La Sportiva Baruntse
Best For: 6000-7000 meter peaks or high cold mountaineering conditions
44.7 oz / 1267 g
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I love these boots !! I've had a pair of La Sportiva…
Materials: Hybrid plastic materials
Break-in Period: Didn't seem to be one
Weight: 5 pounds
Price Paid: $480 on sale at EMS
I love these boots !! I've had a pair of La Sportiva Evo's for a while and really liked the way they fit. So I retired my Koflachs and sprung for the Baruntses.
Now, the first thing everyone asks is why I didn't just get the top of the line Spantiks form La Sportiva. The well dressed mountaineer is wearing the Spantik for 2010 from what I can see. I tried on the Spantiks and they fit great - - BUT - - I wasn't sold on the high tech lacing system, and had read some reviews about broken eyelets.
Turns out the Baruntse from what I can see is technically about the same insulation construction as the Spantik, but with a traditional lacing system.
My feet are on the wide side (EE) plus my left foot is one size larger than my right, so the game for me is to find a boot that I can dial in the fit with lacing, liner molding and some shims. The Baruntse worked out great for that.
The liners are very good and use the Spantik style lacing system - - a zig-zag laceup that finishes with a Velcro tie down tab that sticks to the top of the boot. Here the new high tech laceup is really useful - - it's very fast to lace them up and they snug down very well. You can lace them quickly with a gloved hand, then step into the boot. The heat molding works very well - - I did it myself using my oven at home according to the enclosed directions.
I've had them out in the field since September when I wore them for a summit of Mt. Rainier. Since then I've been out on a number of winter hikes and used them so far for one ice climbing session.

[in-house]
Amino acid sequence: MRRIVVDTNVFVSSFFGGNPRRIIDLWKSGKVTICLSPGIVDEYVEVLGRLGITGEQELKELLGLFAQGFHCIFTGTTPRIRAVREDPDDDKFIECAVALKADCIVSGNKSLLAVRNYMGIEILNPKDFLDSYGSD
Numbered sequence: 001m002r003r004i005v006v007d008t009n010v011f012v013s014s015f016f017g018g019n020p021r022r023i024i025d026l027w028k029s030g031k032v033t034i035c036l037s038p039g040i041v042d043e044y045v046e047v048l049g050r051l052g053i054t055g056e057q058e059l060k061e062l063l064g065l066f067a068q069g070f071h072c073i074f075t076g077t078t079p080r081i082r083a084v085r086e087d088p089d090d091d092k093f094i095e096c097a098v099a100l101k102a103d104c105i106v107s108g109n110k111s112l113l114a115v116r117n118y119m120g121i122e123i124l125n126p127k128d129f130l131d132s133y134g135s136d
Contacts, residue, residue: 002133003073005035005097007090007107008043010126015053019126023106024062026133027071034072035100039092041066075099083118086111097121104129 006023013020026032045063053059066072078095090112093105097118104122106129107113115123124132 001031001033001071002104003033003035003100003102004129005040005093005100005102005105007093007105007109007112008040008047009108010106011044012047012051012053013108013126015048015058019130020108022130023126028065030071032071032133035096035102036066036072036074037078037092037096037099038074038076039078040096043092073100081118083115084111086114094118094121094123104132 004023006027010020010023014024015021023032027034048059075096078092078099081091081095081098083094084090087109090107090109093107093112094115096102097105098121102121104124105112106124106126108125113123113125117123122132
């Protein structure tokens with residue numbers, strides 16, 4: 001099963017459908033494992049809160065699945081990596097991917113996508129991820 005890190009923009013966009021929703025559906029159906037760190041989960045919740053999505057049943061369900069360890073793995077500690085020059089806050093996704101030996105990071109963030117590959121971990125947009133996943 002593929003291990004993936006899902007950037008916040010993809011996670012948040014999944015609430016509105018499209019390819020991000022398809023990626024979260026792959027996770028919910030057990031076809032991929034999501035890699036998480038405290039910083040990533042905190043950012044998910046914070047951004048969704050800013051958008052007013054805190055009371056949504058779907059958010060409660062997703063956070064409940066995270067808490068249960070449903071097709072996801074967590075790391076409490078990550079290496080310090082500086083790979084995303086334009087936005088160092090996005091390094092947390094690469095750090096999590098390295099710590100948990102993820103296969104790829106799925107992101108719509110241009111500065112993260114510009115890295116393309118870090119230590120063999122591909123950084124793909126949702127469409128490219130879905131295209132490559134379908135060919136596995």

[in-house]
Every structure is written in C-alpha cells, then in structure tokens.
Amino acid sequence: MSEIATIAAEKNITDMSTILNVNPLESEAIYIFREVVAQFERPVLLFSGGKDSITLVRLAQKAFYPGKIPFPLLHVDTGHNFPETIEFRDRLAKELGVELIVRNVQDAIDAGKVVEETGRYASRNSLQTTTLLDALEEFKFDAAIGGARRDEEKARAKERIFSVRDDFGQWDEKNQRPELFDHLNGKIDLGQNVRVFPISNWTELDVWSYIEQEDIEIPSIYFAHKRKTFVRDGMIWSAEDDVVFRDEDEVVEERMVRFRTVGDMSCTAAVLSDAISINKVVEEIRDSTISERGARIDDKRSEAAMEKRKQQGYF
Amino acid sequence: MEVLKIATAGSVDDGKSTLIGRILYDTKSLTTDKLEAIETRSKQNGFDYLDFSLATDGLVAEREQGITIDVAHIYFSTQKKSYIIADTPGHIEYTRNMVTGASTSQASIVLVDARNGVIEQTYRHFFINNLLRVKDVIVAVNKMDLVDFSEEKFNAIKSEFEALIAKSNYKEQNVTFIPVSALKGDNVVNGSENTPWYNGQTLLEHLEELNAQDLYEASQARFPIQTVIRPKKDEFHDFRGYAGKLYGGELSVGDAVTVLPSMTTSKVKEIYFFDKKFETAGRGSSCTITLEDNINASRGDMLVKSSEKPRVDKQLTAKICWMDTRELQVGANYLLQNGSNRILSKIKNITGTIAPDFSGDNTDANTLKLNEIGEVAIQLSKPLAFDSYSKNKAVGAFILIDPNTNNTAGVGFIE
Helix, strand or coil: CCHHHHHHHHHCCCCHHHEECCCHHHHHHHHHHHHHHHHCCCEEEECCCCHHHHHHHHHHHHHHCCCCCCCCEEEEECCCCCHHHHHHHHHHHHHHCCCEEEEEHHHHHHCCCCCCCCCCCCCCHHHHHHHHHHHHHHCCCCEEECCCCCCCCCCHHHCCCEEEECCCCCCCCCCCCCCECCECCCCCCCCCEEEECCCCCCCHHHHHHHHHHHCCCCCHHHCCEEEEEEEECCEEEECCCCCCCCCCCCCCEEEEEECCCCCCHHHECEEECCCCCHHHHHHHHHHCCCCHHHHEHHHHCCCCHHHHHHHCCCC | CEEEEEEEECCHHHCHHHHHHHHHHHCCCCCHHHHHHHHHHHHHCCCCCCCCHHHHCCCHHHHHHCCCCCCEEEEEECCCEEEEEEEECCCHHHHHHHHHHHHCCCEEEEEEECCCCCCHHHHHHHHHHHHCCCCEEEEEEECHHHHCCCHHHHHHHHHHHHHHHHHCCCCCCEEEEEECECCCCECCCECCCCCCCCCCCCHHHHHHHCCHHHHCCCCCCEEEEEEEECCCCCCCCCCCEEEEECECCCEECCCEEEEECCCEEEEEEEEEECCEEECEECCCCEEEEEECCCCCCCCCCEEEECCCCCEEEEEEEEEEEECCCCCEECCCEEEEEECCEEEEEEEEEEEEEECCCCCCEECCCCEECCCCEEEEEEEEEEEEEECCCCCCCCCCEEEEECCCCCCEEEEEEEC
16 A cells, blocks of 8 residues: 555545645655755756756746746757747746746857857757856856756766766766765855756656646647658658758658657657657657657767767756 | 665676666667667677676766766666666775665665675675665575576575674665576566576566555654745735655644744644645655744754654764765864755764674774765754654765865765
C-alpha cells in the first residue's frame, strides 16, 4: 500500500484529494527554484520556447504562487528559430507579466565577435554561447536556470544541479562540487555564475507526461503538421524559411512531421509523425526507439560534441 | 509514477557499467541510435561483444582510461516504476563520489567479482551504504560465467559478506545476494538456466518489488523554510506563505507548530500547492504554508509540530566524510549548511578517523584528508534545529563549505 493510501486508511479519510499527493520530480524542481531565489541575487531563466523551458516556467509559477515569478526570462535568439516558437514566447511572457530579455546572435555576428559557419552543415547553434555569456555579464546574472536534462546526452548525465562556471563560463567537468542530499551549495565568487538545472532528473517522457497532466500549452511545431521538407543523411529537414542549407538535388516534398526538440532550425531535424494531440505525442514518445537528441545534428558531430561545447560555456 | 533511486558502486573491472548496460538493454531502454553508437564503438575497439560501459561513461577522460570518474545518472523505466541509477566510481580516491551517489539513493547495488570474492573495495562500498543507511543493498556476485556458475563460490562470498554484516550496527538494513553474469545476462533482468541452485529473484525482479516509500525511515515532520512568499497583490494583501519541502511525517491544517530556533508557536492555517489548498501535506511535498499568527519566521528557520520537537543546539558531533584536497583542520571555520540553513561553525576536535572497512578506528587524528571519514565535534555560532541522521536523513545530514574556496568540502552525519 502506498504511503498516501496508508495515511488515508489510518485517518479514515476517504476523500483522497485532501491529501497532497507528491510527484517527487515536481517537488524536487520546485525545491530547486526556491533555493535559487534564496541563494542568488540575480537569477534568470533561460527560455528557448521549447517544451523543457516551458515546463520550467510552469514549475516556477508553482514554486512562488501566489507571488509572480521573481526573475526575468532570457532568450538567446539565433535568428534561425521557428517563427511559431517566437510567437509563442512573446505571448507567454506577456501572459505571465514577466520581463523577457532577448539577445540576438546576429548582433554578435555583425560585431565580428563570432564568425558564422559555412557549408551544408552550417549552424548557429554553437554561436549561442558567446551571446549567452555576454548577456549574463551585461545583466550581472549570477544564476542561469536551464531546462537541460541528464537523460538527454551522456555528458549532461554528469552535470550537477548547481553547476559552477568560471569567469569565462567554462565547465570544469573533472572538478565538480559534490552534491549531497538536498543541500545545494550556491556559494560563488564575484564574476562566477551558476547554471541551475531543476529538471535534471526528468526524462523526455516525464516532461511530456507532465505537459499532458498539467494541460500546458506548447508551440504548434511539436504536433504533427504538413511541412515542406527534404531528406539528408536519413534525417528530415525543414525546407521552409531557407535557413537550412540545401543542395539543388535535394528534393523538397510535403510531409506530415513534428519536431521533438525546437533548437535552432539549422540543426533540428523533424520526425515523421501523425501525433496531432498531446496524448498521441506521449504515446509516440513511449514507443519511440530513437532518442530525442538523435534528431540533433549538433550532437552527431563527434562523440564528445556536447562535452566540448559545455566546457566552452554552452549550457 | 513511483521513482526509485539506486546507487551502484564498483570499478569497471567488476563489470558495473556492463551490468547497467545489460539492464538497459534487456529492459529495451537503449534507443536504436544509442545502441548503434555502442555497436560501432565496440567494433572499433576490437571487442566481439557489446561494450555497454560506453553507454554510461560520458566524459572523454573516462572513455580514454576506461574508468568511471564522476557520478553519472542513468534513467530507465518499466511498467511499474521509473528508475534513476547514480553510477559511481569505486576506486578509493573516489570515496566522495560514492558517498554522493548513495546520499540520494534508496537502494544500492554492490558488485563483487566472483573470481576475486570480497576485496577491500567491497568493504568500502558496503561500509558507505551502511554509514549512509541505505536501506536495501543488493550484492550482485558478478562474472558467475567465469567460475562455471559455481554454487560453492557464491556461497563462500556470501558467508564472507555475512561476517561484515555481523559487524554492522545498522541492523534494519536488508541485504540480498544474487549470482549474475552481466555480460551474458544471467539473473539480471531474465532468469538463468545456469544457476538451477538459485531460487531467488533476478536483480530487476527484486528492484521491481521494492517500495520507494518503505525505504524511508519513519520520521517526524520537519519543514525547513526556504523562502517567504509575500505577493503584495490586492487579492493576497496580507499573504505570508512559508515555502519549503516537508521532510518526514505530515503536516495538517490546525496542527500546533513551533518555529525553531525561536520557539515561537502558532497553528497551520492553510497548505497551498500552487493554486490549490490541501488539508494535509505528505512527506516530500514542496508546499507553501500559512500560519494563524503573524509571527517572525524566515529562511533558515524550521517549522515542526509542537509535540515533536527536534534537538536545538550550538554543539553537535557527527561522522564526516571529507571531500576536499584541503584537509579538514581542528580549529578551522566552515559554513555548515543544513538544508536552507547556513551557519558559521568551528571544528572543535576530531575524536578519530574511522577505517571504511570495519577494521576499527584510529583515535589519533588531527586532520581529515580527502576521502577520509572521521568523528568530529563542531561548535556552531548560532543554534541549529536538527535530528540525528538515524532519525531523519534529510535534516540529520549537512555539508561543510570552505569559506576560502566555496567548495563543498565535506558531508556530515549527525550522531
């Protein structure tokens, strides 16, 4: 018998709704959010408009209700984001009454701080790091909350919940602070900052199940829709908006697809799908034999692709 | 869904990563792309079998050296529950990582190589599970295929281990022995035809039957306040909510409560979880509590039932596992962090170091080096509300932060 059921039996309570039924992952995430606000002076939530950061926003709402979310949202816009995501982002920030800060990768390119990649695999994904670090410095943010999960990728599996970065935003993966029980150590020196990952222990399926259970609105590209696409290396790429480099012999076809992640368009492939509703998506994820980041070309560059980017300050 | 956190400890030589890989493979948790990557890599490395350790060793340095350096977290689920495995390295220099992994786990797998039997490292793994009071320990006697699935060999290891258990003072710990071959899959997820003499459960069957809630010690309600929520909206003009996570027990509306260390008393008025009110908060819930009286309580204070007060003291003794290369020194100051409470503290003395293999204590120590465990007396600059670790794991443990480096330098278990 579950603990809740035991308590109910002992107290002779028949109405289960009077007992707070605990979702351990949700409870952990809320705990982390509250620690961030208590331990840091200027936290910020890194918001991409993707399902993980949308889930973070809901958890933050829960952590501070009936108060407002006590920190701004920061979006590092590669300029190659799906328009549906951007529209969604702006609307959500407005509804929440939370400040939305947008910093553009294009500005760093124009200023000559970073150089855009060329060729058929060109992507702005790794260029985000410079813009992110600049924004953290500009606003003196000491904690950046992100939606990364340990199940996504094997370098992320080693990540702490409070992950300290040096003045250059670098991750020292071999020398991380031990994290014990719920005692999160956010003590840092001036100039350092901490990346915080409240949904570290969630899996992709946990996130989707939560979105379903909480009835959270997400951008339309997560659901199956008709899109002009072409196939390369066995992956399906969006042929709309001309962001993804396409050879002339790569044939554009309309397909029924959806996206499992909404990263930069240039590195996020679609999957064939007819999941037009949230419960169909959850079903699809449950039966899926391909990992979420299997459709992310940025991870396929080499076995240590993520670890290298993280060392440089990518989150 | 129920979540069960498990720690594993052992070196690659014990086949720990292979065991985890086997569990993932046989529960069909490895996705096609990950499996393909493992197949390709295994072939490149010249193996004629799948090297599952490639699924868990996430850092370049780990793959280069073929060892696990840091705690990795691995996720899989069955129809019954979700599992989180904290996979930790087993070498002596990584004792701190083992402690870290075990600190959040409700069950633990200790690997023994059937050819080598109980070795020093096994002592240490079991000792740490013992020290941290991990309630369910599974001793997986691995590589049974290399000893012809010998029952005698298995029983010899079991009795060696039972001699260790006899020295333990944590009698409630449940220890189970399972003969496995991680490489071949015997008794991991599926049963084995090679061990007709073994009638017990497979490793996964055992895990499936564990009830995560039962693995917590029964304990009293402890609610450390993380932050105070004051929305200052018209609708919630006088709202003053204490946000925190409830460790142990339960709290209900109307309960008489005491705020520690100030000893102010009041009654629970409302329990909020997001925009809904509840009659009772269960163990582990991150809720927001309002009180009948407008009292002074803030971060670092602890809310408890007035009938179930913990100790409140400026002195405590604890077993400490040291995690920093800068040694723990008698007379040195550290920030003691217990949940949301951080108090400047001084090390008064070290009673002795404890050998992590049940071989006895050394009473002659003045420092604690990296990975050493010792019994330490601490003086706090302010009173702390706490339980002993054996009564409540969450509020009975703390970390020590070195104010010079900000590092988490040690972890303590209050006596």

For hiking and general mountaineering they are very good - - easy to walk with on non-snow surfaces because the sole is a little narrower than my old Koflach Arctis Expes and because it has a nice rocker built into it (that doesn't go so far as to bend my crampons). I've been very warm in them to the extent I had to modify my sock layering and go to a lighter sock weight to avoid getting sweated, even for very cold weather. I've used them down to minus 10 and they were fine!!
For ice climbing I'd rate them as good. I'm comparing this to my Evos which I've been used to for some time and are of course outstanding for ice, which is principally what the Evo's are designed for. On climbs and expeditions, the Baruntse will do very well for steep ice and mixed sections and are really a perfect choice for multi-day trips that the Evo's don't travel well on.
As usual, when I was shopping for these I had to do the familiar epoch around trying on multiple sizes. I'd 'recommend not relying on your current boots to predict sizing on the Baruntses. Instead, I suggest trying on two sizes higher and two sizes lower than your current plastic or hybrid boot size, and try to predict any additional fit advantage you would get from heat molding the liner. This is especially difficult these days with all but the most mountaineering specific retailers selling mail order only.
If you are in that situation, I'd recommend ordering three sizes at once - - one size up and one size down from your current boot size. Throw it on the credit card and try them on as soon as you get them and pick the best fit. My recommendation for this approach is order from REI or EMS for store pick up, so there's no shipping charge, go to the store and try on the boots there, and immediately return the two that don't fit. With the standard shipping speed for these types of orders, it should basically cost nothing to order these multiple sets.
So to summarize:
1. Great boots
2. Watch for the pre-season or end of season sales if you can afford to wait
3. Get the sizing ABSOLUTELY right - - you'll have these boots for 20 years or more !